“Qu’ran, 2, 208: O you who believe, enter absolutely into peace, into Islam. Do not follow in the footsteps of Satan. He is an outright enemy to you.”

Hakeem turned away. Rufiyat was sounding like her brother, his uncle, Raheem. “Our religion literally means peace, Hakeem. Please don’t add to the Islamophobia the world has about us, please.” She said ‘Islamophobia’ in English. Tawfiq started getting up, refusing to look his comrades, or his mother, or his cousin in the face.

“Complete with each other in doing good; Surat al-Maída, thmanyt waárbaeun…tatanafas mae bedha albaed fi alqiam bieamal jayid, Hakeem,” and Hakeem released a cap on the wall beside his aunt in a terror-filled rage. He refused to listen to her truth. Tawfiq jumped towards his mother to save her in the heat of the conflict, but seeing that Hakeem had only intentionally missed, he gently withdrew back to his position. Rufiyat did not need a second gunshot; she got up, wiped her tears, turned to her son, lasted on him for a minute, and then calmly sobbed as she walked away from the meeting place.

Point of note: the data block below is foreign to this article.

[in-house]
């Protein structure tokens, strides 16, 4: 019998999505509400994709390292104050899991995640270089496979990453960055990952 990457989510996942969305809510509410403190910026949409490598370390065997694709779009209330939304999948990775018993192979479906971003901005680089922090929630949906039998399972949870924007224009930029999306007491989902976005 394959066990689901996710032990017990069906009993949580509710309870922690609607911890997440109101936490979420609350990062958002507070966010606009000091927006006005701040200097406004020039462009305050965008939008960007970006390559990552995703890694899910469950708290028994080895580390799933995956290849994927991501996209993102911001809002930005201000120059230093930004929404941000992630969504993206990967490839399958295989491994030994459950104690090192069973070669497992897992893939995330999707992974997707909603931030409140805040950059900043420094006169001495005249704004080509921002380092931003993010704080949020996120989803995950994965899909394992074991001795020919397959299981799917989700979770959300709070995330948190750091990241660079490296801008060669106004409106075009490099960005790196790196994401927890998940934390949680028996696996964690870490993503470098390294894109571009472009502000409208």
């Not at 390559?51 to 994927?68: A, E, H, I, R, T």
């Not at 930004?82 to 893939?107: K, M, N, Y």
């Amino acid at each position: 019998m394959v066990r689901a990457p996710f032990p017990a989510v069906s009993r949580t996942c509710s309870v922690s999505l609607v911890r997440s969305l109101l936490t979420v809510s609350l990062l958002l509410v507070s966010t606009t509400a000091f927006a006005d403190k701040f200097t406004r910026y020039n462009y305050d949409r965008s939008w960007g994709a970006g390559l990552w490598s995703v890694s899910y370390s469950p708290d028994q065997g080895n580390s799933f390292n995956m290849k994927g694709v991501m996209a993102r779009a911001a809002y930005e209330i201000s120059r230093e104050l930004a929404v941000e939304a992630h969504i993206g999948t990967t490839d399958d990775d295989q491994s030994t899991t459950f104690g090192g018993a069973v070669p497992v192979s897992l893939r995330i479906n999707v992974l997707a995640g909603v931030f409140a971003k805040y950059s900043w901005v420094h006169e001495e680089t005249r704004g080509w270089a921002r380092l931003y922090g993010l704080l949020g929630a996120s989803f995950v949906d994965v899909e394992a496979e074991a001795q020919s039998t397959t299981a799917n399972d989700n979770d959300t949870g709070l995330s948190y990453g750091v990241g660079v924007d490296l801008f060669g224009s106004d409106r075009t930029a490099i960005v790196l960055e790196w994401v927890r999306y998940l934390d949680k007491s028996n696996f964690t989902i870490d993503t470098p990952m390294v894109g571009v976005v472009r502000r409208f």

At the market front, Rufiyat jumped a little when her name was called from a distance. All the way from her son back to the market had been a sluggish drift of aloofness. Emeka, her neighbour trader in onions at the market, who had become something of a second son slash friend to her was the one who called. She touched her face to ensure there weren’t any traces of tears on them. “It’s past three, Rufiyat. You missed our break. Where did you run off to? What did that woman say to you? I was worried. Rufiyat? Are you even listening to—why is your wrapper torn? Are you okay?” Emeka’s Igbo-doused Hausa was always pleasant to listen to and chuckle over. The fact that she was not chuckling and had not noticed the tear in her wrapper was inconveniencing. “Rufiyat?” Emeka called again, with every concern in his tone. She needed a comforter. Since the passing of Sefullahi her husband, Emeka had been it.

“Is Dirisu around?” Rufiyat asked Emeka.

“The coffin maker? I don’t know.” Emeka sat her down beside the broken gates of Kananan Zungeru. “What do you need him for? I can call Ali to call him for you.”

“There is no need for Ali. I’ll see him myself.”

They walked a little way back towards the market, Emeka supporting her tilted weight on his shoulder. She was definitely downcast, he noted. “What did you say you needed a coffin for again?”

“For Tawfiq,” she replied. Emeka sharply taken aback, quickly responded without considering. “Tawfiq died?”

“No. He will,” Rufiyat replied with a sigh and unclipped herself from Emeka. Emeka froze and she continued down to the location of Dirisu’s storefront on her own.